The New Orleans City Council is expected to drop a controversial proposal that would have required every business with a liquor license to install security cameras linked to a government monitoring center.

City Councilwoman Stacy Head, who sponsored the ordinance at Mayor Mitch Landrieu’s request, will withdraw it and introduce a proposed ordinance that, she said, will only change which city department issues liquor licenses.

“I don’t believe that there was an appetite for it to pass in this council, particularly with the concerns people expressed with the surveillance and some of the more controversial language in this ordinance,” Head said in a phone interview Tuesday.

Her replacement bill would move liquor licenses from the Finance Department to the Department of Safety and Permits, which issues other licenses and permits through the city’s OneStop program.

However, bars that get in trouble for violating the city’s liquor laws may still have to install cameras.

“It shouldn’t have ever gotten this far. It shows there should have been public input from the beginning.”—Ethan Ellestad, Music and Culture Coalition of New Orleans

On Tuesday, the Alcoholic Beverage Control Board, which deals with those cases, signed consent decrees with two bars requiring installation of cameras “providing a live feed to the city’s Real Time Crime Center.”

That’s the city’s name for its new video monitoring center, which collects video feeds from cameras all over the city.

The affected bars are Chuck’s Sports Bar in the Central Business District and the Hangover Bar in the Seventh Ward.

“It does seem somewhat like an end-run around” the passage of a law, said Ethan Ellestad, director of the Music and Culture Coalition of New Orleans, which has campaigned against the surveillance ordinance.

“They can still put in a proviso that anyone who goes before the ABO board has to be part of that network,” he said.

In agreements reached last year, the city required two other bars to install cameras connected to the video monitoring center. The Alcoholic Beverage Control Board provided them to The Lens on Wednesday morning.

The original ordinance grew out of Landrieu’s 2017 public safety plan, which came after a high-profile shooting on Bourbon Street over the 2017 Thanksgiving weekend. The plan called for cameras outside every business licensed to sell alcohol, including bars, restaurants and corner stores.

It drew criticism from civil rights advocates, including the ACLU of Louisiana, who said the cameras would infringe on citizens’ privacy rights without reducing crime.

The Office of the Independent Police Monitor also expressed skepticism. Acting Police Monitor Ursula Price warned in a November letter that, based on other large-scale surveillance programs in other cities, the one in New Orleans could easily lead to abuses, including improper focus on women’s bodies and disproportionate surveillance of black residents.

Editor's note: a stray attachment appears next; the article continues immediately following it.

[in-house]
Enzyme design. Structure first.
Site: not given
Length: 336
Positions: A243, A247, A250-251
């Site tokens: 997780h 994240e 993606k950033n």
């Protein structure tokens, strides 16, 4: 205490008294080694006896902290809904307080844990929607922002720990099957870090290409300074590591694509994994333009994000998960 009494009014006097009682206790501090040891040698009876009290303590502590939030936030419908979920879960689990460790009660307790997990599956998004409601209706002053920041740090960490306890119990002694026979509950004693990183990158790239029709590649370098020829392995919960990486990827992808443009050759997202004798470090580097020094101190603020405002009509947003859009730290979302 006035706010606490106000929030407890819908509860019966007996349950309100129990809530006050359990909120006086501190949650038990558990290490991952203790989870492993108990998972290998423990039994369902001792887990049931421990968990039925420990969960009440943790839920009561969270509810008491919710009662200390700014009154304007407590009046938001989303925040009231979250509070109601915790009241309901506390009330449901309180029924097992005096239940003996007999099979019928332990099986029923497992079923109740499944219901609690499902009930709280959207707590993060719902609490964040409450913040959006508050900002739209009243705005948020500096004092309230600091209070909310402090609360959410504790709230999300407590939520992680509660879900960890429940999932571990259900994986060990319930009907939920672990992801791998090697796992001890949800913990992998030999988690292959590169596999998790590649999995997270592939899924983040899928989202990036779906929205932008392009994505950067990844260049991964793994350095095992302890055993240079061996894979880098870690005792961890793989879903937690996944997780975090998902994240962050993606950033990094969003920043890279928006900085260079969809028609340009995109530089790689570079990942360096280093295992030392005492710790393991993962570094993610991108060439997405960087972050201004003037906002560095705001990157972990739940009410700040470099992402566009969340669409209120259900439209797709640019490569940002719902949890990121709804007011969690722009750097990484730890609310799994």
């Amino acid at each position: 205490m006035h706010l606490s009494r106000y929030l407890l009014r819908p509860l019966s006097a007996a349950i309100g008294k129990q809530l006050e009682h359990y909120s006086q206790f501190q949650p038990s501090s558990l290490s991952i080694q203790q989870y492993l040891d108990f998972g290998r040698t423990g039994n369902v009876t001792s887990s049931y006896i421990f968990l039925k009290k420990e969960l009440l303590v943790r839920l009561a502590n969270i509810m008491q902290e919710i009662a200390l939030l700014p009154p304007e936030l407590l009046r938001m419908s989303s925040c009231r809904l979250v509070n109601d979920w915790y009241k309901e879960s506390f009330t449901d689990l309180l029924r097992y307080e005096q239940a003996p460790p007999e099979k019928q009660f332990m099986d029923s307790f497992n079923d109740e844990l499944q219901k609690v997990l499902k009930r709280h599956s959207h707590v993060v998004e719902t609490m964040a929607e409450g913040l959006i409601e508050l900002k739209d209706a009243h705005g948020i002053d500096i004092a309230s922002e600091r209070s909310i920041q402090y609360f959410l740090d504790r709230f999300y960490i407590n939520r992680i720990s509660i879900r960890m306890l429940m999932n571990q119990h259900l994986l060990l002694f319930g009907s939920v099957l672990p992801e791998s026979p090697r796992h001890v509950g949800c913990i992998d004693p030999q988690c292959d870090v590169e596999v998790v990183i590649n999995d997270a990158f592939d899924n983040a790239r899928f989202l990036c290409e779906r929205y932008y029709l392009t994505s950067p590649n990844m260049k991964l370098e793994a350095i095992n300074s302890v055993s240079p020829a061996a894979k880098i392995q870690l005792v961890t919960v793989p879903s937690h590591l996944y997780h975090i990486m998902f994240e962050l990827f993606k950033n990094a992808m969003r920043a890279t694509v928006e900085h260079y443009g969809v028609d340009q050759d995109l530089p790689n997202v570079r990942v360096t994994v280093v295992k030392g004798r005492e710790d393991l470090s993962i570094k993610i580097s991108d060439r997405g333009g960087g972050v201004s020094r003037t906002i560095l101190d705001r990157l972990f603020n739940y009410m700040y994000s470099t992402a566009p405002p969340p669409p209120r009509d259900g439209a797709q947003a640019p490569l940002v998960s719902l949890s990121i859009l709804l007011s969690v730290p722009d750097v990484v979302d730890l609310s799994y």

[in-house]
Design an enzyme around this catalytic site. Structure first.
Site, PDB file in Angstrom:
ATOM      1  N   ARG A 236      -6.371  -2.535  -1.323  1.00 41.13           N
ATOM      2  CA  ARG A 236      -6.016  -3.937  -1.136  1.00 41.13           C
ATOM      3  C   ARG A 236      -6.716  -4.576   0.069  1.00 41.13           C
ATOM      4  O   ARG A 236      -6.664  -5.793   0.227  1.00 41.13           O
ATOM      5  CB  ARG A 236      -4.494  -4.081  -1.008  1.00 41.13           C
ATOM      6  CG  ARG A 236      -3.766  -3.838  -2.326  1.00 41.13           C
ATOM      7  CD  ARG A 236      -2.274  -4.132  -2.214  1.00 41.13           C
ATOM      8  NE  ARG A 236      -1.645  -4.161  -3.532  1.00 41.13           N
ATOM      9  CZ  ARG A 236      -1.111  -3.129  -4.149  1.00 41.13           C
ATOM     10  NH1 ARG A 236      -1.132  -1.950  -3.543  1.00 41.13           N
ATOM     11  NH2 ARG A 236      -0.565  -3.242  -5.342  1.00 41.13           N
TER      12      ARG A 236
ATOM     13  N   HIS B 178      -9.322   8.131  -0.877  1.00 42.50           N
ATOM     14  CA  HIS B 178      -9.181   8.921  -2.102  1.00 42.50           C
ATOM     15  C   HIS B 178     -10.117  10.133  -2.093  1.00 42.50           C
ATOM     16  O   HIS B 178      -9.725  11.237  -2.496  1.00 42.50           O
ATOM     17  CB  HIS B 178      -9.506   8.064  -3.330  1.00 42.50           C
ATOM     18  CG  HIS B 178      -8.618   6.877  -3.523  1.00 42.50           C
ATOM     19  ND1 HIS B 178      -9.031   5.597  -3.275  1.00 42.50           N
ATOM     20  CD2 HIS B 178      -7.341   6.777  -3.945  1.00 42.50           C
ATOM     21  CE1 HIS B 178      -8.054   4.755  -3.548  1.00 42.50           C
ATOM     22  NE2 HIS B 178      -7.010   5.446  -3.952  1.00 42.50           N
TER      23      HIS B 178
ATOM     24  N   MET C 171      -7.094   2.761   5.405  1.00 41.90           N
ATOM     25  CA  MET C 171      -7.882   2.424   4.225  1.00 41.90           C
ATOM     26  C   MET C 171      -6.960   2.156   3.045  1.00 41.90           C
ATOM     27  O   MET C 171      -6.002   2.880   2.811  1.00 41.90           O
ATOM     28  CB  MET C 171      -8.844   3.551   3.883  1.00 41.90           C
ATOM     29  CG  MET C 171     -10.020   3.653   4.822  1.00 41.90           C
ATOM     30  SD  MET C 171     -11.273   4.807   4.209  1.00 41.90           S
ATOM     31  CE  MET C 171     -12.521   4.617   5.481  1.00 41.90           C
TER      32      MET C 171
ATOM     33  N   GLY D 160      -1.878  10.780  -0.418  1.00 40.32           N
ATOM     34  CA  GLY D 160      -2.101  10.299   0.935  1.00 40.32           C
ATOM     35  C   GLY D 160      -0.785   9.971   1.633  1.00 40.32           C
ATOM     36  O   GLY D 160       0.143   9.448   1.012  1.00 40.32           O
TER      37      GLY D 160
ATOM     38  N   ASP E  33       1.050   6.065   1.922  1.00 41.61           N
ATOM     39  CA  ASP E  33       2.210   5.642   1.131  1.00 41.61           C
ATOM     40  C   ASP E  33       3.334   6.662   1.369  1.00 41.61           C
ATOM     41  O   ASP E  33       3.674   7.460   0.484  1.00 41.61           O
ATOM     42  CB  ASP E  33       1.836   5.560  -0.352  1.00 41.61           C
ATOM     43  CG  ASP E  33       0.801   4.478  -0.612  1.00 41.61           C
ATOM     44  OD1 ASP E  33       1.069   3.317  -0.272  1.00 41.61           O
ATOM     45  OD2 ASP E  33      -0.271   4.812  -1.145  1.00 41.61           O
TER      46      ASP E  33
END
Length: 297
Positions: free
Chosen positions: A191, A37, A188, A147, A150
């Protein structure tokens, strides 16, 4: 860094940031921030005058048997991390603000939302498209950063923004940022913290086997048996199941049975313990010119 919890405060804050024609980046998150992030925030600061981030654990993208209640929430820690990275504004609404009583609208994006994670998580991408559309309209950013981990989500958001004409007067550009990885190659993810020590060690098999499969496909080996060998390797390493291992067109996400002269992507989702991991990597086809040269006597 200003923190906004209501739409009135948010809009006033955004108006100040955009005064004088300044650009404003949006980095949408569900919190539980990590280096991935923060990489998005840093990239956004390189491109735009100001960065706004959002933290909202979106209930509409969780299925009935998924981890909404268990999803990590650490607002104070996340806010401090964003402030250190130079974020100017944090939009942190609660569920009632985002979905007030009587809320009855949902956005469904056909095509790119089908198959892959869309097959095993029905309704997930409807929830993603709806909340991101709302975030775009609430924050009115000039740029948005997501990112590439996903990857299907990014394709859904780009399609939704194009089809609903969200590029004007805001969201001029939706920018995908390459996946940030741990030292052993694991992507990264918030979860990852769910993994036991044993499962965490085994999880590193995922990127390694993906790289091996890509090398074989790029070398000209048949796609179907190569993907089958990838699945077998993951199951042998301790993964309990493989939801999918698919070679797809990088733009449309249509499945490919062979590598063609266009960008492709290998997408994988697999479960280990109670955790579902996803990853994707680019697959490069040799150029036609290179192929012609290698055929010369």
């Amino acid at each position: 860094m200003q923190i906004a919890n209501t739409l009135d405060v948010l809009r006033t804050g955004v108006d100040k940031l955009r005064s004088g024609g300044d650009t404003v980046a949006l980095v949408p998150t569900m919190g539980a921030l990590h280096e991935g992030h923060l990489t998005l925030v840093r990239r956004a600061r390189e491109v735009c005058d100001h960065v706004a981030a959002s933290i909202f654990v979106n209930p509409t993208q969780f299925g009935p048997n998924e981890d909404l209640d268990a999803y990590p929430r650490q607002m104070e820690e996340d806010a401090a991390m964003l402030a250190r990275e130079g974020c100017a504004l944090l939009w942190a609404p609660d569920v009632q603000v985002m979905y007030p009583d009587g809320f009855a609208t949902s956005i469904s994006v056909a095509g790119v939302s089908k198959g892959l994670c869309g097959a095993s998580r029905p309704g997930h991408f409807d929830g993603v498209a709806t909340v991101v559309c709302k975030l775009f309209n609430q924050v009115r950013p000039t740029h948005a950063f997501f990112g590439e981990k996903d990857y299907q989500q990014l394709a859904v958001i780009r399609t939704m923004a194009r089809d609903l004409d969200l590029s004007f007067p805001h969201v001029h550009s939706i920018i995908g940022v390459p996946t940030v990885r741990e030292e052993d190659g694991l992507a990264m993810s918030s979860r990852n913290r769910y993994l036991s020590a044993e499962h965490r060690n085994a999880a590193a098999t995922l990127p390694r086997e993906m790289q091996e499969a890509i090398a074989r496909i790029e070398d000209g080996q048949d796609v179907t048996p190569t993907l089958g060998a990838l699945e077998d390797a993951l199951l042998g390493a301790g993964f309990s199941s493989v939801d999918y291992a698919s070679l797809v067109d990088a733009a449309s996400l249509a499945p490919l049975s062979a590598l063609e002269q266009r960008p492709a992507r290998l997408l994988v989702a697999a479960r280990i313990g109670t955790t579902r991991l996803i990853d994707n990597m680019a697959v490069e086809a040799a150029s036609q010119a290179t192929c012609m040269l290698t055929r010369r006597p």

Price recommended that the city develop policies to prevent abuses and hold a series of public meetings on the program before requiring any cameras to be installed.

“It shouldn’t have ever gotten this far. It shows there should have been public input from the beginning,” Ellestad said. “The next step is, how do we make sure this kind of thing doesn’t happen again.”

Related opinion column:Should Big Brother watch everything you do in the Big Easy?

In a statement on Tuesday, Landrieu spokesman Craig Belden said the mayor requested the measure be withdrawn and believes the matter should be moved to the next council and mayoral administration, which will take office in May.

“The Landrieu administration has moved aggressively to tackle violent crime in our neighborhoods. A key part of this effort has been providing the tools and resources law enforcement needs to be more effective,” Belden wrote.

“The proposed ordinance that expands the number of cameras outside of ABO’s [Alcohol Beverage Outlets] will require more discussion and careful consideration by the next Council and Administration.”

Landrieu had previously dismissed privacy concerns, saying at the opening of the city’s video monitoring center in November, “If you’re in public, you don’t have that expectation of privacy.”

This story was updated after publication to include background and reaction, and to note that the city required two more bars to install cameras last year. (March 20 and 21, 2018).

Charles Maldonado

Charles Maldonado is the editor of The Lens. He previously worked as The Lens' government accountability reporter, covering local politics and criminal justice. Prior to joining The Lens, he worked for...